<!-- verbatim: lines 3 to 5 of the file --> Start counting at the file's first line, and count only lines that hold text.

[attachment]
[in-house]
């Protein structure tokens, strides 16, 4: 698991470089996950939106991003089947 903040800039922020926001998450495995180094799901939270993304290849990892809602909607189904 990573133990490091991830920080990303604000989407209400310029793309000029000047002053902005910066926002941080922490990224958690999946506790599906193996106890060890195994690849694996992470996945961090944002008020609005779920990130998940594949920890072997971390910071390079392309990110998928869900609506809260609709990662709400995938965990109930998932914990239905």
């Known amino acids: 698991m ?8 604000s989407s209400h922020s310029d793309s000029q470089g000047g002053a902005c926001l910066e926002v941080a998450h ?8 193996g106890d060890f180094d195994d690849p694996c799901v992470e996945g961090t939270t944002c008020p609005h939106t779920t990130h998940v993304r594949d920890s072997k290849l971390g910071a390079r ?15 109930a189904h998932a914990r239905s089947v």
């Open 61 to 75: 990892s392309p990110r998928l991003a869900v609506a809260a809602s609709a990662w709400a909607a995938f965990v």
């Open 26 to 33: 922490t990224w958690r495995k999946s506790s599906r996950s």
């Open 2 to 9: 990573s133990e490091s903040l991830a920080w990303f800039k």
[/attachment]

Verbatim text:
């Known amino acids: 698991m ?8 604000s989407s209400h922020s310029d793309s000029q470089g000047g002053a902005c926001l910066e926002v941080a998450h ?8 193996g106890d060890f180094d195994d690849p694996c799901v992470e996945g961090t939270t944002c008020p609005h939106t779920t990130h998940v993304r594949d920890s072997k290849l971390g910071a390079r ?15 109930a189904h998932a914990r239905s089947v």
């Open 61 to 75: 990892s392309p990110r998928l991003a869900v609506a809260a809602s609709a990662w709400a909607a995938f965990v």
């Open 26 to 33: 922490t990224w958690r495995k999946s506790s599906r996950s």